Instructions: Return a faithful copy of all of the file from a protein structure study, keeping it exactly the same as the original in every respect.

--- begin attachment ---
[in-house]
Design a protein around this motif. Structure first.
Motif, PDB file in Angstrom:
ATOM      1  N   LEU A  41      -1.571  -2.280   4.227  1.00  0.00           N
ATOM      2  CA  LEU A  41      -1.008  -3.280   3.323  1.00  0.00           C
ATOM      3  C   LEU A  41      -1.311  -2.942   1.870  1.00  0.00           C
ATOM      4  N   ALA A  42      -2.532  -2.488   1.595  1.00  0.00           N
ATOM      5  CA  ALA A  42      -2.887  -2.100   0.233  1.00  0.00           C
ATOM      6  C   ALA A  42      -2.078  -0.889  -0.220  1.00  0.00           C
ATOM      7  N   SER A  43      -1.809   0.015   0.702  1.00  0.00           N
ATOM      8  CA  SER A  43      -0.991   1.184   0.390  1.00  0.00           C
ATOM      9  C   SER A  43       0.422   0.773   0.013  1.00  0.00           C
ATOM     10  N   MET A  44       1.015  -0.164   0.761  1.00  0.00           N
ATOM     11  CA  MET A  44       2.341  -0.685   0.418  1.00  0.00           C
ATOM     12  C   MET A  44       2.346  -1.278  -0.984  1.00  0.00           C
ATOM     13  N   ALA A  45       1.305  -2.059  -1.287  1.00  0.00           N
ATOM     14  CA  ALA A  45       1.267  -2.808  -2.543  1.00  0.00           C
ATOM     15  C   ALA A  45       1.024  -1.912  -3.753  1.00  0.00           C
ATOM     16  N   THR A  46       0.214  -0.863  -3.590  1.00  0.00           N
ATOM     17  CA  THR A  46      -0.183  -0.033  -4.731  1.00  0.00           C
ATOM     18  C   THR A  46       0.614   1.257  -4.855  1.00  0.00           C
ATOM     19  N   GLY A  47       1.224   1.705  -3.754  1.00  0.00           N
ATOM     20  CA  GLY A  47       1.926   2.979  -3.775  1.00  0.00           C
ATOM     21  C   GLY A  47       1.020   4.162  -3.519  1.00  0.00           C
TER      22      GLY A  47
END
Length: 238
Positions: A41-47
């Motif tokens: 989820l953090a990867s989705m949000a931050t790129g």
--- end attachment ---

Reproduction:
[in-house]
Design a protein around this motif. Structure first.
Motif, PDB file in Angstrom:
ATOM      1  N   LEU A  41      -1.571  -2.280   4.227  1.00  0.00           N
ATOM      2  CA  LEU A  41      -1.008  -3.280   3.323  1.00  0.00           C
ATOM      3  C   LEU A  41      -1.311  -2.942   1.870  1.00  0.00           C
ATOM      4  N   ALA A  42      -2.532  -2.488   1.595  1.00  0.00           N
ATOM      5  CA  ALA A  42      -2.887  -2.100   0.233  1.00  0.00           C
ATOM      6  C   ALA A  42      -2.078  -0.889  -0.220  1.00  0.00           C
ATOM      7  N   SER A  43      -1.809   0.015   0.702  1.00  0.00           N
ATOM      8  CA  SER A  43      -0.991   1.184   0.390  1.00  0.00           C
ATOM      9  C   SER A  43       0.422   0.773   0.013  1.00  0.00           C
ATOM     10  N   MET A  44       1.015  -0.164   0.761  1.00  0.00           N
ATOM     11  CA  MET A  44       2.341  -0.685   0.418  1.00  0.00           C
ATOM     12  C   MET A  44       2.346  -1.278  -0.984  1.00  0.00           C
ATOM     13  N   ALA A  45       1.305  -2.059  -1.287  1.00  0.00           N
ATOM     14  CA  ALA A  45       1.267  -2.808  -2.543  1.00  0.00           C
ATOM     15  C   ALA A  45       1.024  -1.912  -3.753  1.00  0.00           C
ATOM     16  N   THR A  46       0.214  -0.863  -3.590  1.00  0.00           N
ATOM     17  CA  THR A  46      -0.183  -0.033  -4.731  1.00  0.00           C
ATOM     18  C   THR A  46       0.614   1.257  -4.855  1.00  0.00           C
ATOM     19  N   GLY A  47       1.224   1.705  -3.754  1.00  0.00           N
ATOM     20  CA  GLY A  47       1.926   2.979  -3.775  1.00  0.00           C
ATOM     21  C   GLY A  47       1.020   4.162  -3.519  1.00  0.00           C
TER      22      GLY A  47
END
Length: 238
Positions: A41-47
């Motif tokens: 989820l953090a990867s989705m949000a931050t790129g």